In a later talmudic passage (Taanit 4a) it is stated explicitly that God never intended Abraham to kill his son any more than God wishes Baal worshippers to carry out human sacrifices. In a comment to Jeremiah's fierce castigation of the people for burning their sons in fire as burnt offerings for Baal 'which I commanded not, nor spoke it, neither came it into My mind' ( Jeremiah 19:5), this passage elaborates: '"which I commanded not" refers to the sacrifice of the son of Mesha, the king of Moab (2 Kings 3:27); "nor spoke it" refers to the daughter of Jephtah ( Judges 11:31); "neither came it into My mind" refers to the sacrifice of Isaac, son of Abraham'. Similarly, a rabbinic midrash (Genesis Rabbah 56:8) describes Abraham, after the angel had told him in the name of God to spare Isaac, puzzled by the contradictory statements: 'Recently Thou didst tell me (Genesis 21:12): "In Isaac shall seed be called to thee," and later Thou didst say (Genesis 22:5): "Take now thy son." And now Thou tellest me to stay my hand!' God is made to reply in the words of Psalm 79 verse 35: 'My covenant will I not profane, nor alter that which is gone out of My lips.' 'When I told thee: "Take thy son," I was not altering that which went out from My lips [i.e., the promise that Abraham would have descendants through Isaac]. I did not tell thee: "Slay him" but bring him up [i.e., take him to the mountain and make him ready to be sacrificed]. Thou didst bring him up. Now take him down again.' (The Problems of Akedah in Jewish Thought, Louis Jacobs, http://louisjacobs.org/articles/view.php?id=15)It is interesting to note that on the return from Moriah, we only see Abraham and his two servants, and not Isaac. Some early rabbis suggested that Abraham indeed killed Isaac and left his body behind, only to be resurrected by God and to return later to his family.
How can God be considered a God of mercy and kindness when he allows wars, plagues, pestilence, natural disasters and famine to occur? How can he be such a great God when he commanded Nephi to slay a drunk Laban, toyed with Job just to win a bet with the Adversary, or ordered Joshua to destroy all the Canaanites? On the surface it seems like there is no good answer. The truth is, there is no easy answer. We see things from a mortal perspective, built upon limited knowledge of the universe and eternal things. We do not understand eternity or how God works within a larger framework, where he explains,
For as the heavens are higher than the earth, so are my ways higher than your ways, and my thoughts than your thoughts. (Isaiah 55:9)We do know that we all go through trying times in this life. We all feel that God sometimes asks difficult things of us, and sometimes we feel abandoned. Even Jesus on the cross proclaimed, "My God, why hast thou forsaken me?" Yes, even Jesus had to descend below all things so that he could ascend above all things (D&C 88:6). But we are given a promise:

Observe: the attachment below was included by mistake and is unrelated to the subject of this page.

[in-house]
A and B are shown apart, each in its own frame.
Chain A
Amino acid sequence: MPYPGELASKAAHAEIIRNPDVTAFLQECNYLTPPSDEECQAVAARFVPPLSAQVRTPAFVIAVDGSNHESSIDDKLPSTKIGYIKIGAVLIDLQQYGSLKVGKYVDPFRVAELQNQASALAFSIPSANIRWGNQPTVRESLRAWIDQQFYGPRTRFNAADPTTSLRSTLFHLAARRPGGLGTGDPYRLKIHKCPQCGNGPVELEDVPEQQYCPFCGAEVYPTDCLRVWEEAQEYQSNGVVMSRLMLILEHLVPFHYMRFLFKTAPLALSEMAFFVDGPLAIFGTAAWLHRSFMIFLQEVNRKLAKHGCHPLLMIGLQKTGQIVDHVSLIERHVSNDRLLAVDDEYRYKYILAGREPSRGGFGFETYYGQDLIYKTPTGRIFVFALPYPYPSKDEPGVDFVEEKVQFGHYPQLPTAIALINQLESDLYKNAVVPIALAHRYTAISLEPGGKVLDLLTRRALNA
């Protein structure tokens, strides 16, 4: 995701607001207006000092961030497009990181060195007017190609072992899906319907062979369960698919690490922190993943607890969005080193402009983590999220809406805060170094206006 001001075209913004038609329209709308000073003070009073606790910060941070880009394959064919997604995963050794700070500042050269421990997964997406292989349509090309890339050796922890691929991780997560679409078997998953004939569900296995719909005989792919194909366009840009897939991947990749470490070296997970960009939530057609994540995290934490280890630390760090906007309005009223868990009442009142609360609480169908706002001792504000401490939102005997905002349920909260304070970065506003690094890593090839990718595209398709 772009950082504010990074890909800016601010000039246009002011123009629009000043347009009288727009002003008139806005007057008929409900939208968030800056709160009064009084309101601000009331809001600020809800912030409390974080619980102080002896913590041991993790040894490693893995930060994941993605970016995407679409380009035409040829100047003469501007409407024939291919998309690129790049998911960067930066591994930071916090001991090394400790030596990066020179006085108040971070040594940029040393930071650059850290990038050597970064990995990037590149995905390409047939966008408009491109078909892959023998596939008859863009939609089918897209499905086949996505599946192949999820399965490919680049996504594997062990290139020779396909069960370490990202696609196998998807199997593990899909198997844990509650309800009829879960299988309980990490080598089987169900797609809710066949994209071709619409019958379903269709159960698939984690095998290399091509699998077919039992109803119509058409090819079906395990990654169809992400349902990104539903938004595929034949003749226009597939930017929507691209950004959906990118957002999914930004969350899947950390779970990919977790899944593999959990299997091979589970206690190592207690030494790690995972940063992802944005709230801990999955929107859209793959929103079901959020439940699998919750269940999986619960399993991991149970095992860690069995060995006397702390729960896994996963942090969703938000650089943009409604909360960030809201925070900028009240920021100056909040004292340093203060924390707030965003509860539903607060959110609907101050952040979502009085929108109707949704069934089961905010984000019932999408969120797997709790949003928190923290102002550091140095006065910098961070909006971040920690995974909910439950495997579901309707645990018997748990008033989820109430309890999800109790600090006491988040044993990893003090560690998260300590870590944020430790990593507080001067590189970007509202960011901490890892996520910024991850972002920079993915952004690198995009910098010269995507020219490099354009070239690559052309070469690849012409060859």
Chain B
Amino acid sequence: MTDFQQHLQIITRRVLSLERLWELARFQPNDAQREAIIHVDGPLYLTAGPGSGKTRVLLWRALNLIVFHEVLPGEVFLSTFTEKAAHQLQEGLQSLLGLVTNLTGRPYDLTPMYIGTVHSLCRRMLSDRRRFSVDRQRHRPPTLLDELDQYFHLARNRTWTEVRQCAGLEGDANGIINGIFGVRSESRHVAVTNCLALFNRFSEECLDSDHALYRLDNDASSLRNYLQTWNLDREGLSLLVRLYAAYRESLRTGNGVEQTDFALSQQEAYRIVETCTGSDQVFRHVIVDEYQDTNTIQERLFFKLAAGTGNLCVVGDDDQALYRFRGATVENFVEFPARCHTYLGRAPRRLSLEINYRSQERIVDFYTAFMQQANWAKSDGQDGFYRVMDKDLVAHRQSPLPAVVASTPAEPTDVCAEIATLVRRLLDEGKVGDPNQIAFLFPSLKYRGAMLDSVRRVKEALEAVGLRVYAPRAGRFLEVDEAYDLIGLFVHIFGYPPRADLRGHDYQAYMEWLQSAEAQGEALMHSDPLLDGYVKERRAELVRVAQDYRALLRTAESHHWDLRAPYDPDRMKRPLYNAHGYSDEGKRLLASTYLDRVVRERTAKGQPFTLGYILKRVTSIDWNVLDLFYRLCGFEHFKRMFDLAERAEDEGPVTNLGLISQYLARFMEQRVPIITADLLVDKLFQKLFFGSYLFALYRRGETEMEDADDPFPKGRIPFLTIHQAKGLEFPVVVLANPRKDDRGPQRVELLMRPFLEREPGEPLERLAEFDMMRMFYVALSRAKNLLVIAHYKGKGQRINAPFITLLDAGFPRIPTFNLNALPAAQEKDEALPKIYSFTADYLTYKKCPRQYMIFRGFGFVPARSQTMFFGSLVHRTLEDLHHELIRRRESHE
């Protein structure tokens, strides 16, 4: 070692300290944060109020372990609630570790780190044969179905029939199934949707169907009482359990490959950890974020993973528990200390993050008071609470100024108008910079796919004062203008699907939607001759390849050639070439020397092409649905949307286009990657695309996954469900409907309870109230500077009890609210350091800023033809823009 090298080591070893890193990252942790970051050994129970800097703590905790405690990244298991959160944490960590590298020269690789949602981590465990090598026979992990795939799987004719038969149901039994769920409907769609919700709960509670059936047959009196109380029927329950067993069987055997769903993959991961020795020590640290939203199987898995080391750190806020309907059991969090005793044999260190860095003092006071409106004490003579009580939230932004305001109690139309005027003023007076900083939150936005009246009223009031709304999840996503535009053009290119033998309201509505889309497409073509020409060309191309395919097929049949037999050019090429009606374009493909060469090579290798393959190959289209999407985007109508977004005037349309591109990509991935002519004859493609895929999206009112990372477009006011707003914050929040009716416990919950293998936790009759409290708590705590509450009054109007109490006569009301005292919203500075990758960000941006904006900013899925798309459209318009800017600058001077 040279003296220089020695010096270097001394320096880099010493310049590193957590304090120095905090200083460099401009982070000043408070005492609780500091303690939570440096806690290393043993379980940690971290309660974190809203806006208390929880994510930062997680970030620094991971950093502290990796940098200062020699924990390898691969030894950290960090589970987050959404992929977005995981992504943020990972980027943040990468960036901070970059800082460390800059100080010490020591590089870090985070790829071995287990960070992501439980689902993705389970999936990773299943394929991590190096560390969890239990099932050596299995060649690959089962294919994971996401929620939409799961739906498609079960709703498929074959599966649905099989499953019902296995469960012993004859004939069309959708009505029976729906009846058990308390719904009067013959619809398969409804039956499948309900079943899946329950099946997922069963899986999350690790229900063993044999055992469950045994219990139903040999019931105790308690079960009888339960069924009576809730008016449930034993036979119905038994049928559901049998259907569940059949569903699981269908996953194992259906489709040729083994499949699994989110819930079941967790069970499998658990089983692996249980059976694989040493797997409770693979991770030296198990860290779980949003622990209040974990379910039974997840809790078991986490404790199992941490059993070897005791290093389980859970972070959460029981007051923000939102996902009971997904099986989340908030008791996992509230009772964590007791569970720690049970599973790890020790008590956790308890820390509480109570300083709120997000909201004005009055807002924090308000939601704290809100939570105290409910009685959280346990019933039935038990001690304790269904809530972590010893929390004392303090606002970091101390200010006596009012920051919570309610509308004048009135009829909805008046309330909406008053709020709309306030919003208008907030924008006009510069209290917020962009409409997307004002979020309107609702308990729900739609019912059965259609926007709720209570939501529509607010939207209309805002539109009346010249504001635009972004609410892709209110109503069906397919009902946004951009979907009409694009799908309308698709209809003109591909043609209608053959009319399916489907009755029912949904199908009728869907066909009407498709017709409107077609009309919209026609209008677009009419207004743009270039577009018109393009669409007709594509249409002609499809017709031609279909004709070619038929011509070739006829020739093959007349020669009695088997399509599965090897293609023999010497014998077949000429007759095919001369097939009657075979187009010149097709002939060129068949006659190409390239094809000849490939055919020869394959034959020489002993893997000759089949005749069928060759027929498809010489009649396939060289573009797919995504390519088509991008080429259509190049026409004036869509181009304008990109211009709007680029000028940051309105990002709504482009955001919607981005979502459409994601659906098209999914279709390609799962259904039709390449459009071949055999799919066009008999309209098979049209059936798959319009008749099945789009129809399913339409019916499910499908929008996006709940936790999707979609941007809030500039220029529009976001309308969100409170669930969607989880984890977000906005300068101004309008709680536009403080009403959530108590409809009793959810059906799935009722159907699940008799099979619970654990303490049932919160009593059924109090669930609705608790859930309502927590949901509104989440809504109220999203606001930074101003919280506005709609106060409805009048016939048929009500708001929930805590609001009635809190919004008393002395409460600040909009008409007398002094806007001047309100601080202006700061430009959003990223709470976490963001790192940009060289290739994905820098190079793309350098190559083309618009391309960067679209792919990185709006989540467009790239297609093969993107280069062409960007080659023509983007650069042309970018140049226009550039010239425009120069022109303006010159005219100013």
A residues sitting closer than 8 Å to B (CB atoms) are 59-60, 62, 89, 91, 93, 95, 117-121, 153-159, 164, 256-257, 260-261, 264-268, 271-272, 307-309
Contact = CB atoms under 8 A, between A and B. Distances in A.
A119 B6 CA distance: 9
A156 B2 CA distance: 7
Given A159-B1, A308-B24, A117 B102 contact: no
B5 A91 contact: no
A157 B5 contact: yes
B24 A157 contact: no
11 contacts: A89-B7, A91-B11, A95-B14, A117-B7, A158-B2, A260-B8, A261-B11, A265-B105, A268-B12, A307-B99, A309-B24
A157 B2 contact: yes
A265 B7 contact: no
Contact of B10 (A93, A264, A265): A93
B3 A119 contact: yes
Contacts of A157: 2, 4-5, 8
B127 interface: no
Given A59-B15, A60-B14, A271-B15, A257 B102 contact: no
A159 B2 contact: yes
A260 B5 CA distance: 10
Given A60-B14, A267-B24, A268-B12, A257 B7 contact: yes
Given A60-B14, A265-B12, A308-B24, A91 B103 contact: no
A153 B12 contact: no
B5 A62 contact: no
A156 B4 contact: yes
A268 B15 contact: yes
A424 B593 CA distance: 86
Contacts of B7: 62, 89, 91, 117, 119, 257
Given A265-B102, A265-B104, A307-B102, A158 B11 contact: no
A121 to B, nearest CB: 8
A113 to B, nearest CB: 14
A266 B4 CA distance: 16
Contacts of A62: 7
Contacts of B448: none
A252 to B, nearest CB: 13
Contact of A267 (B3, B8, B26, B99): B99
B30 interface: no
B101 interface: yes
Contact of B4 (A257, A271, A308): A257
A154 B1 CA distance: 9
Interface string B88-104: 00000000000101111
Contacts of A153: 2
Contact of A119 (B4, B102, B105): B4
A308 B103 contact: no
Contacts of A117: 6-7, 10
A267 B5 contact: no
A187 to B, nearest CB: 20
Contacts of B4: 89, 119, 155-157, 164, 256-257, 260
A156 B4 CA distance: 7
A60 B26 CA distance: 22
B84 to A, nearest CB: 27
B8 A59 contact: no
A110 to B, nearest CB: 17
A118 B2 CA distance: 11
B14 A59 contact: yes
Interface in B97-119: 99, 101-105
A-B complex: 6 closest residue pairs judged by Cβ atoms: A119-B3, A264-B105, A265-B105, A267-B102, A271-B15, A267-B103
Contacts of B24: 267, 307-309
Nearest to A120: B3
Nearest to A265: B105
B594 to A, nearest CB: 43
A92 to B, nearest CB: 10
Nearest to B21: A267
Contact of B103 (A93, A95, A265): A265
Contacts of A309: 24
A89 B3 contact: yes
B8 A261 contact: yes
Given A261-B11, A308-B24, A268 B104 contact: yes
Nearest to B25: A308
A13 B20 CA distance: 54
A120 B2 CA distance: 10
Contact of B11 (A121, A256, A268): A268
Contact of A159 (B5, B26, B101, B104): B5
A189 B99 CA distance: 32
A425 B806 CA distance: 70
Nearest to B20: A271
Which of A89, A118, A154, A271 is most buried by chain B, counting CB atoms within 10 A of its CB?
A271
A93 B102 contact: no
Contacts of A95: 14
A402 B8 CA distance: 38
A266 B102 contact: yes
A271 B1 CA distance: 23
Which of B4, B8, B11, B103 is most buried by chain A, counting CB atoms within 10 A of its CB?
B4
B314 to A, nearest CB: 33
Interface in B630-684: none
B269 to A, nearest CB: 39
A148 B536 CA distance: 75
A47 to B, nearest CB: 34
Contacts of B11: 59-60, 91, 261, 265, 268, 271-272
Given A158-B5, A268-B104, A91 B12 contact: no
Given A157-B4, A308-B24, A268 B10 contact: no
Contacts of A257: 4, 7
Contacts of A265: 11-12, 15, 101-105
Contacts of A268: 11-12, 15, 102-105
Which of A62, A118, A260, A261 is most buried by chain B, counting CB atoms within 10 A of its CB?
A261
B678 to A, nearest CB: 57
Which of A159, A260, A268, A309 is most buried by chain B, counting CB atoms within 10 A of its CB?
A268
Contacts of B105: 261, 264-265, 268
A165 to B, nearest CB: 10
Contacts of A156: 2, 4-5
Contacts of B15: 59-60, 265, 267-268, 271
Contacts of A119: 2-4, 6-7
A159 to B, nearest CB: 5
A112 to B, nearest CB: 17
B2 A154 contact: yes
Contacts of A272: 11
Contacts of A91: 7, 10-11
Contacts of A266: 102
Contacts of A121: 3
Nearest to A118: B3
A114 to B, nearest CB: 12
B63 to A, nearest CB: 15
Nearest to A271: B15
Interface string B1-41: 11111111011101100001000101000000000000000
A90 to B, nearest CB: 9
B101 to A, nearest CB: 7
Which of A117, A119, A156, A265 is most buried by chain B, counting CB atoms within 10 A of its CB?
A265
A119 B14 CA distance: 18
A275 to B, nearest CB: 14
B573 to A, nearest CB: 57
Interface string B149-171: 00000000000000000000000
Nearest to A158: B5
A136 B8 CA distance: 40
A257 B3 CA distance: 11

And God shall wipe away all tears from their eyes; and there shall be no more death, neither sorrow, nor crying, neither shall there be any more pain: for the former things are passed away. (Revelation 21:4)God has a purpose to life for us. We learn through trials so that we may learn to be as He is. God is not a static God of rote commandments, but a living and vibrant God. He reveals himself daily through modern prophets, through the Holy Ghost to some, through the light of Christ to all, through science and other discoveries. The ethics we have now evolved from cultures that today we would deem barbaric. Even in the United States, it took us over a century to overcome most of the barbarism of slavery - and then only after a tragic war and many false starts.
Perhaps it is not an issue of ethics, but, as Kierkegaard suggests, an issue of faith? If one believes in continuing revelation and that the heavens are not silent today, then it is very possible that God could ask each of us to do something very difficult, even while society looks on disapproving of it. Joseph Smith stated, "a religion that does not require the sacrifice of all things never has the power sufficient to produce the faith necessary unto life and salvation." Joseph learned of this sacrifice through many things he was required to do: consecration, tithing, missions, plural marriage, and martyrdom.
In the scriptures and the temple, we learn about sacrifice, obedience to law, consecration and dedication to new commands of God. Our sacrifices, as with Isaac's, are often not fully understood by us. Jesus' suffering, death and resurrection are yet to be grasped by mankind, as well. What we can finally do is believe that God has a divine purpose that we may not always understand. There is evil in the world, and God will one day defeat it. In Christ, we have a divine sacrifice that gives comfort and hope. Abraham and Isaac's willingness to be the Lord's servants is perhaps something we should all aspire to become.